[KEVIN Rudd is enjoying a Newspoll bounce in the wake of the global financial crisis but support for the newly minted opposition leader Malcolm Turnbull has also rocketed according to voter satisfaction measures.]

    No mention of Preferred PM (which is the real fiigure – no one cares what Nelson’s satisfaciton was, all anyone remembers is he went below 10% on preferred PM).

    And the poll just once again proves that Turnbull would kill Nelson at the next election….

  2. From the OO:

    [… in his first Newspoll survey as opposition leader, Mr Turnbull has also recorded a stunning turnaround in voter satisfaction levels. Fifty per cent of those surveyed say they are satisfied with how Mr Turnbull is performing as opposition leader.

    That’s a 15 per cent jump from former opposition leader Brendan Nelson’s previous results which included a 35 per cent satisfaction level and a 42 per cent dissatisfaction level.]

    How is this an improvement for Turnbull, when it’s compared against Nelson?

    The wording is clear: “Malcolm Turnbull has recorded a stunning turnaround”. How can you turn around from nowhere?

  3. Did this poll precede Turnbull’s scare-mongering, Rudd’s actions on the weekend and (I presume) the market bounce today? If so, I’d say it will get better for Rudd and wores for Turnbull.

  4. It is somewhat interesting that that Rudd’s net satisfaction rating, at 24%, is lower than Turnbull’s, at 25%. Statistically negligible, but interesting nonetheless.

  5. These polls would not include many (if any) interviews from Sunday and, most likely, the majority of interviewing would have been completed before the weekend. So assessment of the impact of the continuing financial crisis and Rudd’s response will have to wait another week. But indications are that the Rudd Government’s popularity is holding firm.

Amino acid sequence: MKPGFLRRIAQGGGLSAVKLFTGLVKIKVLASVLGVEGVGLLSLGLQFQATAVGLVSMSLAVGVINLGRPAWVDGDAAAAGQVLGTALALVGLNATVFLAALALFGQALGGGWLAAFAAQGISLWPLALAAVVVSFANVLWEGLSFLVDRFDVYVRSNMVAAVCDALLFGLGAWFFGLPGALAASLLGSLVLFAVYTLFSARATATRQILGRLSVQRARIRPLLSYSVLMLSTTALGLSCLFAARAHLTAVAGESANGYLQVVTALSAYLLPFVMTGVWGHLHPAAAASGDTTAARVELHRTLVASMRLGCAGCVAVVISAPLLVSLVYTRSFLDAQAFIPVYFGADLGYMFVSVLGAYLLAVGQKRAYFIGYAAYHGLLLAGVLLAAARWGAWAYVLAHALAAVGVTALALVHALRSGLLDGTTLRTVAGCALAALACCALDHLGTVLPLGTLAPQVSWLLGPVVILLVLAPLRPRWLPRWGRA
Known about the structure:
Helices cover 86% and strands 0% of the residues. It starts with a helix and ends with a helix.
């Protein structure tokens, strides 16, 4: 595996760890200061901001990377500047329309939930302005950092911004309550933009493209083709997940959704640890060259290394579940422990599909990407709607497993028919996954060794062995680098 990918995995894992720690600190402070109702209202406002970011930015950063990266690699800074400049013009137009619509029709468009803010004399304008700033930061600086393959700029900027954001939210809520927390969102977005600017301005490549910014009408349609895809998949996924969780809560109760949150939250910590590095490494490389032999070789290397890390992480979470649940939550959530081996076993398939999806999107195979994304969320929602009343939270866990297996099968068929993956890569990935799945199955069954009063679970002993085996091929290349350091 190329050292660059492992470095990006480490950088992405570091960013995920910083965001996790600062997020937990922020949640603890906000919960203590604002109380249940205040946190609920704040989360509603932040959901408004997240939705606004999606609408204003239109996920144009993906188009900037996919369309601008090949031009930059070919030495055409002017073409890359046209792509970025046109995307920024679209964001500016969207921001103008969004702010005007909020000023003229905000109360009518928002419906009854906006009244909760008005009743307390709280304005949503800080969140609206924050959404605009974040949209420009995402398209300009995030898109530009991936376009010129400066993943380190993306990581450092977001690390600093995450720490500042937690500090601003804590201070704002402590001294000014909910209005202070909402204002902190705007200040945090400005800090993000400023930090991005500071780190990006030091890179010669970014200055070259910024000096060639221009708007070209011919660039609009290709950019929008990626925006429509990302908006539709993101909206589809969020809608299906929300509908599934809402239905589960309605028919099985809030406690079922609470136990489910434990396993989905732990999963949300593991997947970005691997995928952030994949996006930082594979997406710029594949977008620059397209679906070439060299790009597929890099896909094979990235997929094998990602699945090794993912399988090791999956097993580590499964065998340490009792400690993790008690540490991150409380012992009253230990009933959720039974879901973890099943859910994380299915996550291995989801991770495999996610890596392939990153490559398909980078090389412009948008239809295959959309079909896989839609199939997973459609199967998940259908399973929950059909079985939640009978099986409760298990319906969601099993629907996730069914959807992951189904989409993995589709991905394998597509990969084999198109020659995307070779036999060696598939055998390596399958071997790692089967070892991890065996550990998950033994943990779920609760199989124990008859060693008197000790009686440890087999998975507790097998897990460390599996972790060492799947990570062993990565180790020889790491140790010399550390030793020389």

6. Oz. “The Australian” used to be called be the G.G. a.k.a The Government Gazette. Once the government changed hands, it became known as the Opposition Orifice or Organ, for obvious reasons.

  7. GP @ 9

    Satisfaction with the performance of the opposition leader is a somewhat ambiguous measure. Let’s see the preferred PM.

  8. No 14

    It’s still not bad. Certainly not as egregious as 60/40; 58/42 and the like that we saw all the way through 2007.

    The opposition is doing about as well as it can in the circumstances, especially since this is the first ALP Government in some 12 years.

  9. No 20

    The TPP is meaningless this far out from an election. They only become more instructive in the preceding months before an election. As such, it makes sense to analyse other statistical measures like PPM and satisfaction ratings. On the latter figures, Turnbull is doing much better than Nelson.

  10. GP @ 18

    I think a reasonable interpretation of these figures would be that the public are roughly equally happy with Rudd as PM and Turnbull as opposition leader. Which says little about how they compare them.

  11. 24 GP – true but you also said it was interesting. Just how something “negligible” is interesting is beyond me. It’s meaningless like I said. Anyway, moving right along.